• Form tools to create user-friendly interfaces that provide not only the containers for the data but can assist the user in completing their tasks.

  • Integration points that interact with databases, web-services, or APIs into third-party systems to help enhance the work going through the process.

So BPMS provides that technological foundation to start putting your work processes…your BPM strategy…into action. The above represents the broader targets in that strategy but what about those specific and often repetitive tasks that occur in the process every day?

Business Process Automation - BPA

This is where we shrink down to the next ring in the target: BPA or Business Process Automation. We have our BPM strategy, and that strategy utilizes our BPMS. Now we utilize BPA to attack the micro-activities that need to occur. These activities include but are by no means limited to:

  • Indexing a set of data onto each new work item in a process.

  • Generating correspondence to indicate receipt of new work.

  • Updating a data warehouse to indicate the type of work received, when it was received, and who worked on it.

    • Further, BPA can then generate and distribute reports of this data to a set of end users.

  • Deciding which work items can be worked by which roles in your department and provide automatic escalation when needed.

  • Providing conditional rules based on actions or data to distribute work down different paths.

As you build out your business process within your BPMS, each activity or task you build within it is considered a BPA, automating each step in the process. You will most always have a step where a user needs to interact with the work item, but even within that task you could have some form of BPA – like retrieving a list of values to put into a drop-down box on the form. Or, structuring some fields to be invisible until certain conditions on the form are met (like selecting “Yes” to a question on a form that then requires additional information to be filled out).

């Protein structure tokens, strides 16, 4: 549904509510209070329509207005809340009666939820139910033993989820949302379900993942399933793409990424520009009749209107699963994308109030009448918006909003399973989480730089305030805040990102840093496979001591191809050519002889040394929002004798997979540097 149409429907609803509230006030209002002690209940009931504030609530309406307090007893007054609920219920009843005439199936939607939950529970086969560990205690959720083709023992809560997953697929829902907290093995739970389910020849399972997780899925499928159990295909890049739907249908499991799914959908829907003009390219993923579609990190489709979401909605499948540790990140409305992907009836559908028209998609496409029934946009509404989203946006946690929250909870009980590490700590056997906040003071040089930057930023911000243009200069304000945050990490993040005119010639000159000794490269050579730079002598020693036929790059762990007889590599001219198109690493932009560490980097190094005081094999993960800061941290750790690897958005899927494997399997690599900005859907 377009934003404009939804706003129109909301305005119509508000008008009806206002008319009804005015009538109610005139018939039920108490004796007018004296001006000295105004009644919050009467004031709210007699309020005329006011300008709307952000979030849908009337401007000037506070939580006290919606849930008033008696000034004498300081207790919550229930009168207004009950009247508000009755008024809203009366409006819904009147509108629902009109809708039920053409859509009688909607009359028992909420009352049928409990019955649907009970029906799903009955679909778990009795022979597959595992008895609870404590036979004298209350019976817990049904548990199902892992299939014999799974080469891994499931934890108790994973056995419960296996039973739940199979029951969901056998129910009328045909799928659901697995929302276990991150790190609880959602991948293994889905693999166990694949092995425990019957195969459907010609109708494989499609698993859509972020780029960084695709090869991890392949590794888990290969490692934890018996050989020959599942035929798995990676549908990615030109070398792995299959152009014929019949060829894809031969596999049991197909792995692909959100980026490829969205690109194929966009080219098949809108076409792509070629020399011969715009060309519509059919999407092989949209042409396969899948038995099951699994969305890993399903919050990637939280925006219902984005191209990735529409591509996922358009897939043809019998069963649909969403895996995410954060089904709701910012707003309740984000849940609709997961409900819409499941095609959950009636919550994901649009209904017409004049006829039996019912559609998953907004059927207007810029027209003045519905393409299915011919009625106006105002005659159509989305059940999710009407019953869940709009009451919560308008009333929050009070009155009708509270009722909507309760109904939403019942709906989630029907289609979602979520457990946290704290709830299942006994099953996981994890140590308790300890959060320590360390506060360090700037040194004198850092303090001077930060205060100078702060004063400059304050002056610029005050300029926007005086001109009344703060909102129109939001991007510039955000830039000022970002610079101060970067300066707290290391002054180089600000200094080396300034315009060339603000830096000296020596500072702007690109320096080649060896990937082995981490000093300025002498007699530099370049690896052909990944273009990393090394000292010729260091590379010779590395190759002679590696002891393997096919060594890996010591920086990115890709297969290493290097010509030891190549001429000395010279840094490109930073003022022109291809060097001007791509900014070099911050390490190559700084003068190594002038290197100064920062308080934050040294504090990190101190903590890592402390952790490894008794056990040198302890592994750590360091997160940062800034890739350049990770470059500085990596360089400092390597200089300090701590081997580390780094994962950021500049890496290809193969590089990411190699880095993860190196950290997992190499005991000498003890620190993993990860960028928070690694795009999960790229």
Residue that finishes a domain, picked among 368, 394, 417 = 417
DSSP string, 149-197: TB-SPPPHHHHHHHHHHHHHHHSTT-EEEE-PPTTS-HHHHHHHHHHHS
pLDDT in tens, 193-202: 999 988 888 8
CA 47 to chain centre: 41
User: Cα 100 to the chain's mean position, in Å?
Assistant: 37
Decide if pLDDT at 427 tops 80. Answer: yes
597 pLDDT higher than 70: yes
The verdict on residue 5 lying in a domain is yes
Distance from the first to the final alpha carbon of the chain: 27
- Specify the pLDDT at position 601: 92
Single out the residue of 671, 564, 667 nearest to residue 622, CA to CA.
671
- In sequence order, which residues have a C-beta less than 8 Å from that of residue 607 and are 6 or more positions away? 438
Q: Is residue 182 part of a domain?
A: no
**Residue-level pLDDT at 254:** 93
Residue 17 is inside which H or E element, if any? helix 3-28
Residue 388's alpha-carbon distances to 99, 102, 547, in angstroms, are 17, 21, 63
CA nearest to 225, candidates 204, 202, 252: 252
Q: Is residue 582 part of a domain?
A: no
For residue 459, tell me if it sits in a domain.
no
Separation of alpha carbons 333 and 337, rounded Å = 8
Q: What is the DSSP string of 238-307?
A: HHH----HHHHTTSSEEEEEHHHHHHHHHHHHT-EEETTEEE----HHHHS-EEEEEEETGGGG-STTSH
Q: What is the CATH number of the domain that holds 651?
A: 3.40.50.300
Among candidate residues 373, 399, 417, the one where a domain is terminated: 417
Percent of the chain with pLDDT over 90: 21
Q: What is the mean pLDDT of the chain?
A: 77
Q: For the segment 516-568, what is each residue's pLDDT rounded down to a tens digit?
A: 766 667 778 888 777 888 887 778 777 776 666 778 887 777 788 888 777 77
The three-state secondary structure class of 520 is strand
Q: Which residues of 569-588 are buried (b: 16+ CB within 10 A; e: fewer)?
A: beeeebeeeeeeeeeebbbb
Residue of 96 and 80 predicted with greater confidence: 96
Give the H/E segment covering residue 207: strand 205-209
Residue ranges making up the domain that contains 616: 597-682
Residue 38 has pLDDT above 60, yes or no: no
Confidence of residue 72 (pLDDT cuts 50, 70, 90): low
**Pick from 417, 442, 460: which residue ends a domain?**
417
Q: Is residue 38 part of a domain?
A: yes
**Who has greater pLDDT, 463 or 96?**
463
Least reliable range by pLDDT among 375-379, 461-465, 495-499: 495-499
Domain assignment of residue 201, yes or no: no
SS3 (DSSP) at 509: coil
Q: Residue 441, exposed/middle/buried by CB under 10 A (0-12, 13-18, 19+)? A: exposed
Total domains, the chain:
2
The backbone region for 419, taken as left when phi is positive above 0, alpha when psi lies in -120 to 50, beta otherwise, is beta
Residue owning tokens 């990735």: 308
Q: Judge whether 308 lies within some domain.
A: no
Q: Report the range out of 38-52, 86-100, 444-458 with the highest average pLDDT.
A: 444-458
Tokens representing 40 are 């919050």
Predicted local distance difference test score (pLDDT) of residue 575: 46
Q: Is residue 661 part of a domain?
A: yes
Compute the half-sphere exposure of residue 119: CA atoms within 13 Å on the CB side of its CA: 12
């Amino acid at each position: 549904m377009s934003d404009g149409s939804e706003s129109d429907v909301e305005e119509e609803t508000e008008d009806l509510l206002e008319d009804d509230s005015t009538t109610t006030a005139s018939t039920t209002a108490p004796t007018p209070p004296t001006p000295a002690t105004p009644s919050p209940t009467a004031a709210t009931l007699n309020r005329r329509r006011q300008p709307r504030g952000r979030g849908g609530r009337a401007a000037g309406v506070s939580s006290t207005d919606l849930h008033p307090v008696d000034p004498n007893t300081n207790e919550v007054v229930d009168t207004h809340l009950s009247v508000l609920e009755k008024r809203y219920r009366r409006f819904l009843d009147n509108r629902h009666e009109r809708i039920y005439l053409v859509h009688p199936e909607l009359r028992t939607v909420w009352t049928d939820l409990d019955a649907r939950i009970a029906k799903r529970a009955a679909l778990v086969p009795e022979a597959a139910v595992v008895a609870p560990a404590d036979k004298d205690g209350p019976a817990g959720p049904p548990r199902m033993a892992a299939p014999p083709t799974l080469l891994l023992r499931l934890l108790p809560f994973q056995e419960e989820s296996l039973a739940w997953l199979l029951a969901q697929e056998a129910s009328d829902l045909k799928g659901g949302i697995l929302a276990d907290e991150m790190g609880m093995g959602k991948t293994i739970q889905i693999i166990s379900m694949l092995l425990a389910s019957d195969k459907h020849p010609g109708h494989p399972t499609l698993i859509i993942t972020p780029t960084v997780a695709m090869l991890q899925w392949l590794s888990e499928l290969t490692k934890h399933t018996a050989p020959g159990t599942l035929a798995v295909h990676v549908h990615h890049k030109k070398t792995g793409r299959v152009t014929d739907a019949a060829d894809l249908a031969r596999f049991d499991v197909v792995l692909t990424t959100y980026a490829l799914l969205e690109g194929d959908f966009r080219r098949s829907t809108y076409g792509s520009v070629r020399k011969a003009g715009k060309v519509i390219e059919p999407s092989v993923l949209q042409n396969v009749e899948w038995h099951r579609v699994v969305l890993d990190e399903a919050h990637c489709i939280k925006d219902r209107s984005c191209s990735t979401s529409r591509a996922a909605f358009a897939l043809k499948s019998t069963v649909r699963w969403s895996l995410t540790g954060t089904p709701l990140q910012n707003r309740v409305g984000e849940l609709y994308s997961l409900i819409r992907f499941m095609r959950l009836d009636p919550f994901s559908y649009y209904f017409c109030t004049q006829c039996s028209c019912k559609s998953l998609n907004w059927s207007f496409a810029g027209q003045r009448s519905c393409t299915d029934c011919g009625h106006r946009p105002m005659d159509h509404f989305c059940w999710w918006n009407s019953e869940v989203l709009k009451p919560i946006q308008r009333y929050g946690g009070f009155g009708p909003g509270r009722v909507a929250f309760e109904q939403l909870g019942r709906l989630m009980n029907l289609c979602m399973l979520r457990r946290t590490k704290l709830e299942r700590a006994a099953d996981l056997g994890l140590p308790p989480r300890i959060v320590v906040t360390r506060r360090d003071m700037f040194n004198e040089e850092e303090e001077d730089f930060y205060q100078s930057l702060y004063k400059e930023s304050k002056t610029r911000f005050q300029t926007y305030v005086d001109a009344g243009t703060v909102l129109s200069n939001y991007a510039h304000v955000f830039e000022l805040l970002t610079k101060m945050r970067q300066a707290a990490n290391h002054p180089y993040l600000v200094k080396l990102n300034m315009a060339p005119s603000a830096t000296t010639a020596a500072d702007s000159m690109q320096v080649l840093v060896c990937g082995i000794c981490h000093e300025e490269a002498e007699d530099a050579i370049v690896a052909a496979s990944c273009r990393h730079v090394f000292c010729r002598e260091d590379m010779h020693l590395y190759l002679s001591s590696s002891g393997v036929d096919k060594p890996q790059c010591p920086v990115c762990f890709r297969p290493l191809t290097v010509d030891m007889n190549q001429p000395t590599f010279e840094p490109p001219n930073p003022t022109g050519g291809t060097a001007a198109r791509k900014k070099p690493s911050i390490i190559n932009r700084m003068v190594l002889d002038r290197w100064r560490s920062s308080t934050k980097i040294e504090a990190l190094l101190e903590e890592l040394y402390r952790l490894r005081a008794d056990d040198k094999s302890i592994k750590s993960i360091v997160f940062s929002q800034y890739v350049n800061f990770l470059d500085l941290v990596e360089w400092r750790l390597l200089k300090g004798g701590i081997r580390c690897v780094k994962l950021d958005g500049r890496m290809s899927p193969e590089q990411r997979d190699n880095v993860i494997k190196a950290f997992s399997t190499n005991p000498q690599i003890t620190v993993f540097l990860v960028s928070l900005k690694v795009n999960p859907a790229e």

Robotic Process Automation - RPA

To take that one step further, as in our original analogy, hitting the bullseye would be RPA…the first of our acronyms NOT to start with a B! RPA is robotic process automation where an application (or robot…or ‘bot’ as its often called) completes a definitive set of instructions. The fact that all the instructions are done by the bot separates it from standard BPA which typically involves a combination of human and automated activities.

RPA is primarily used to automate repetitive activities that normally requires a human to perform. Activities like copying data from one source and pasting into another source or moving files from one network directory to another. In the early days of mainframe emulators or even within Microsoft Excel, these were referred to as recording “macros”. Essentially, if there are logical steps to performing a task, you could record those tasks within a macro to be executed repeatedly.

With RPA, there are software platforms such as UiPath and Microsoft Power Automate that take those macros to the next level. A series of functions can be created and executed as a repetitive process without needing user involvement. Often a structured workflow provided within a BPMS/BPA can be used to call out to one or more RPAs as needed. This is referred to as RPA orchestration.